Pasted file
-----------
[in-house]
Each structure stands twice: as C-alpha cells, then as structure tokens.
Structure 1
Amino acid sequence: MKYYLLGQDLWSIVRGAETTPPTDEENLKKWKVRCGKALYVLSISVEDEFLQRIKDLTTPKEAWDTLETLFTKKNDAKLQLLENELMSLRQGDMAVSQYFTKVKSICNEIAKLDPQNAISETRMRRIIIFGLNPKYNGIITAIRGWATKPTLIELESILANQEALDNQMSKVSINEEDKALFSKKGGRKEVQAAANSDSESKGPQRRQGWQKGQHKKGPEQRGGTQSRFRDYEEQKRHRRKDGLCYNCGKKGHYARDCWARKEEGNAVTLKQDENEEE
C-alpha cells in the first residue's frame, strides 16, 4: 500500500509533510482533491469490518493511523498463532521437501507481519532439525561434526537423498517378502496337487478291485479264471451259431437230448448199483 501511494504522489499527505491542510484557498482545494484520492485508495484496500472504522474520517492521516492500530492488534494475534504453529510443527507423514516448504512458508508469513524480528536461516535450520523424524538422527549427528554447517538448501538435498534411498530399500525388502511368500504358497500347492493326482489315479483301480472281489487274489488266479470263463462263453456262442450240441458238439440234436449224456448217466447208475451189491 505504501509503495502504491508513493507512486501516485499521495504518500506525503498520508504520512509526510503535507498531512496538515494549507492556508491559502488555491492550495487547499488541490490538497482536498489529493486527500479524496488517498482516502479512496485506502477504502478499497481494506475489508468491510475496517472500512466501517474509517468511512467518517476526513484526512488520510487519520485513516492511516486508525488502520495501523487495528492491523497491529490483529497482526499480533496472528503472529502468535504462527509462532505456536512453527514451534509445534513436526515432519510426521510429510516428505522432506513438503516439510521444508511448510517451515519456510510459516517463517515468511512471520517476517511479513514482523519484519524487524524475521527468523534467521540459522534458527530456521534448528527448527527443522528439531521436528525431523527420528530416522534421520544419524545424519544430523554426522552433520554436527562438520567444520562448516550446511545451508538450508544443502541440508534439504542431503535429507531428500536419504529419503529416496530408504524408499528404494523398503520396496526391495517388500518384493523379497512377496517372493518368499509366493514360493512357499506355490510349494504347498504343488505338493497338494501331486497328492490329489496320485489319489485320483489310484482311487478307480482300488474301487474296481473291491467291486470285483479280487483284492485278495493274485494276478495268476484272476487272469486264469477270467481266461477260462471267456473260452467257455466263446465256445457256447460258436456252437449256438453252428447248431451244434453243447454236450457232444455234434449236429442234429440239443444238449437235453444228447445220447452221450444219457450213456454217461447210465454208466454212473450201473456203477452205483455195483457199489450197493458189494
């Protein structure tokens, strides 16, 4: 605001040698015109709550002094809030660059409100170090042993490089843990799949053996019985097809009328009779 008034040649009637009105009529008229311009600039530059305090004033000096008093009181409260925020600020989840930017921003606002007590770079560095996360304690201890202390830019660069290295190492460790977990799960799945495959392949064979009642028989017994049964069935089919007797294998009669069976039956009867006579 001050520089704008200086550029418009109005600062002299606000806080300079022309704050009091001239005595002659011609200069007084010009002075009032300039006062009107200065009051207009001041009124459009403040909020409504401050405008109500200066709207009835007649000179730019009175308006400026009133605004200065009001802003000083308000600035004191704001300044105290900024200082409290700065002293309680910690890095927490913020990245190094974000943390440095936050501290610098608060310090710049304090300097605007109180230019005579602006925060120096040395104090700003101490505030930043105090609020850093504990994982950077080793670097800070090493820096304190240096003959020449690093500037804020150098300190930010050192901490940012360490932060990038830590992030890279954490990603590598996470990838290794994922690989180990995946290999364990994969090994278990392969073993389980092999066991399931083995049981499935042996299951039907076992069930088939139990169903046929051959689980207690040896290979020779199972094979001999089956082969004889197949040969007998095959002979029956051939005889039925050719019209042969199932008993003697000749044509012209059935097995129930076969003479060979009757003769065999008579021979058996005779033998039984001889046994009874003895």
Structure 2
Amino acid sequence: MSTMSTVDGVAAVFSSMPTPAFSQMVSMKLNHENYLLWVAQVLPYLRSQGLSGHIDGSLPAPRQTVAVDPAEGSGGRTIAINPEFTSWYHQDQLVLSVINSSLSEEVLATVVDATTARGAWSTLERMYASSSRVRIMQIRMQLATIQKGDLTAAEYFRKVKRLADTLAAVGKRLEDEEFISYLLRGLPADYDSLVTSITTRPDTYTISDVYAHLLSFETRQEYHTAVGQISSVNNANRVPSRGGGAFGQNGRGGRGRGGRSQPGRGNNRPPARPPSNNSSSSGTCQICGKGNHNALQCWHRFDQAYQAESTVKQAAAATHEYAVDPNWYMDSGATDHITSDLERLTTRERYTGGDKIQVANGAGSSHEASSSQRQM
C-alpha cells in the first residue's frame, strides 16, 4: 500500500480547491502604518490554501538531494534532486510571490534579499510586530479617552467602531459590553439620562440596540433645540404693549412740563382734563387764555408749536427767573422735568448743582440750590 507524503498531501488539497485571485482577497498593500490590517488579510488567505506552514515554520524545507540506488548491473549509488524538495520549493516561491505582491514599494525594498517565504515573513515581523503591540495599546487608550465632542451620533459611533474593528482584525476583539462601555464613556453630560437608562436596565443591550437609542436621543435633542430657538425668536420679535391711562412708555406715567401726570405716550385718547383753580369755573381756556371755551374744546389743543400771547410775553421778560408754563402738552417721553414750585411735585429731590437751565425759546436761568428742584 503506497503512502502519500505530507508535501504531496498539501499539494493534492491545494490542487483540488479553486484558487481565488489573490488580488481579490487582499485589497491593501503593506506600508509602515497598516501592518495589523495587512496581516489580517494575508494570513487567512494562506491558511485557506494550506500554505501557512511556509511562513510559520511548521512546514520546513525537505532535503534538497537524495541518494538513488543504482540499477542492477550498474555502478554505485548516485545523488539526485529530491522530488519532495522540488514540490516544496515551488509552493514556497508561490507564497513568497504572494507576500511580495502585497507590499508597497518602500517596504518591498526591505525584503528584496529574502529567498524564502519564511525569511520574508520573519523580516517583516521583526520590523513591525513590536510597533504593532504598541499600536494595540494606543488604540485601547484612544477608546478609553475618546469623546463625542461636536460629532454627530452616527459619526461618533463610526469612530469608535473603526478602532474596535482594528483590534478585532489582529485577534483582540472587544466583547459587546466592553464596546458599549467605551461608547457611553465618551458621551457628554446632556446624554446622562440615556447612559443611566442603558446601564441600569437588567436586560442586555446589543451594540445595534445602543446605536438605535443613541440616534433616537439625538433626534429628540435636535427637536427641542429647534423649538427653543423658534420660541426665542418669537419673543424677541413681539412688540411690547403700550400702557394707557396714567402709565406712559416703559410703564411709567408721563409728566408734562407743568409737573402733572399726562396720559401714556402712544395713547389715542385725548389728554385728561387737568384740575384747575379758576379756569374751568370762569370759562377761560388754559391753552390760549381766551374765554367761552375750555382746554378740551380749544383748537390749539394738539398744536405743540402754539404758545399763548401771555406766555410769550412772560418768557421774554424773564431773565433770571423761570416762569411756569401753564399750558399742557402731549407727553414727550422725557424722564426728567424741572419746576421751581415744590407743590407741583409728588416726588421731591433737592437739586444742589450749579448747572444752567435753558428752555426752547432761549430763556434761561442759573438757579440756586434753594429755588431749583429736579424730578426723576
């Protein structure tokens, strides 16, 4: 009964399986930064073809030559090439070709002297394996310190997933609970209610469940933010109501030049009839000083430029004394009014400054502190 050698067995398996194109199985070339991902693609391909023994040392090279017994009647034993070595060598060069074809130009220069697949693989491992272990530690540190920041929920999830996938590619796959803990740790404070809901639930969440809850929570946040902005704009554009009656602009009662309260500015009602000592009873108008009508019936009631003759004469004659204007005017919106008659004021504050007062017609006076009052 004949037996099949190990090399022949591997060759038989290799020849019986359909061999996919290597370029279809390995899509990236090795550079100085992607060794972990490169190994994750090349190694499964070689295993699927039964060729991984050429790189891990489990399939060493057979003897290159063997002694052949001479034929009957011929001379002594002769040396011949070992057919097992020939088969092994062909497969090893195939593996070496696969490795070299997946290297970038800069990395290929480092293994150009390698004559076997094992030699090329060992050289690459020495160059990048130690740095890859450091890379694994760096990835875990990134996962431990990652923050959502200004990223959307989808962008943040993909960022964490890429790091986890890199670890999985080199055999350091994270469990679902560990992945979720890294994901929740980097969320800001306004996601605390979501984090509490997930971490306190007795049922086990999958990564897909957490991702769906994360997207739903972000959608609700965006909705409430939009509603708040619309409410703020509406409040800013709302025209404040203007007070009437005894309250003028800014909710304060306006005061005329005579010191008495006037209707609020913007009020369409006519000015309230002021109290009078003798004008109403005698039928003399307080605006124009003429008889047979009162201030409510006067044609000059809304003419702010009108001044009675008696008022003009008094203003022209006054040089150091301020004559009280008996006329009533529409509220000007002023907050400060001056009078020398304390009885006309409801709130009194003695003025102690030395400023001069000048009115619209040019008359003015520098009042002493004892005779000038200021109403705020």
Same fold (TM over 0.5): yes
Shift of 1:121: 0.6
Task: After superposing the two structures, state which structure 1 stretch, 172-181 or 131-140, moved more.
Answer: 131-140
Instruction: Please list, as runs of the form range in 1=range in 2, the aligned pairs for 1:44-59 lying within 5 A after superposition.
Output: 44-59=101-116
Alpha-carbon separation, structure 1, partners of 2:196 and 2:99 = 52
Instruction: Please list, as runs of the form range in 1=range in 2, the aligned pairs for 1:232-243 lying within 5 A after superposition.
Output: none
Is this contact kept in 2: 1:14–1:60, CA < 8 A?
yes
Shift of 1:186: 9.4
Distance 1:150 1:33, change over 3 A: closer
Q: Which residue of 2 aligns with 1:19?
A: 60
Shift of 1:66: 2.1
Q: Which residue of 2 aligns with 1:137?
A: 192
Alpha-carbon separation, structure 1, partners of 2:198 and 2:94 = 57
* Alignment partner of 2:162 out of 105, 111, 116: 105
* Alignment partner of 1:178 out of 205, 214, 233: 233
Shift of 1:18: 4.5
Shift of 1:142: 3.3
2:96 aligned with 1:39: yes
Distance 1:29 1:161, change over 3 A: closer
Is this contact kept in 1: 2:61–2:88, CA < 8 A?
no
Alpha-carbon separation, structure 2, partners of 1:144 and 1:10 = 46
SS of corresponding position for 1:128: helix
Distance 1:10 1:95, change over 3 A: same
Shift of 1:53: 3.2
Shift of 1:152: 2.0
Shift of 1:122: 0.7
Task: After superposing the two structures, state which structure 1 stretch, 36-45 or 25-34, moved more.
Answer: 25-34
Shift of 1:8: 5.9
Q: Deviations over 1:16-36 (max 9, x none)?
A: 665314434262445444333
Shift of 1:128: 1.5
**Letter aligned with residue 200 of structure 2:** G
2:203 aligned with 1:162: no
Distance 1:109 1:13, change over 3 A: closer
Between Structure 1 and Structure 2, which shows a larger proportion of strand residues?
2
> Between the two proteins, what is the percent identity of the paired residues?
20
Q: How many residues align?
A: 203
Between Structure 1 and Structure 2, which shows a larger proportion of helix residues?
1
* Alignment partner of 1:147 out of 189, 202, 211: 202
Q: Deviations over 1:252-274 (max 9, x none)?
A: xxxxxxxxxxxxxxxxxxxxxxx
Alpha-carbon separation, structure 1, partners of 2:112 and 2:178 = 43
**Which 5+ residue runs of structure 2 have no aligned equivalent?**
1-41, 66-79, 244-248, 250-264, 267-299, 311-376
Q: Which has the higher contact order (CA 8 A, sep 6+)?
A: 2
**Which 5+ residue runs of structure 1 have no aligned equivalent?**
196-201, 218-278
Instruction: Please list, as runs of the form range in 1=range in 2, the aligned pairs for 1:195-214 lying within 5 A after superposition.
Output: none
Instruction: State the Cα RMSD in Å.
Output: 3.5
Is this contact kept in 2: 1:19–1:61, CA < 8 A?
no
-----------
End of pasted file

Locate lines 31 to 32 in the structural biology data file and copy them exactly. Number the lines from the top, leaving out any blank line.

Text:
* Alignment partner of 1:178 out of 205, 214, 233: 233
Shift of 1:18: 4.5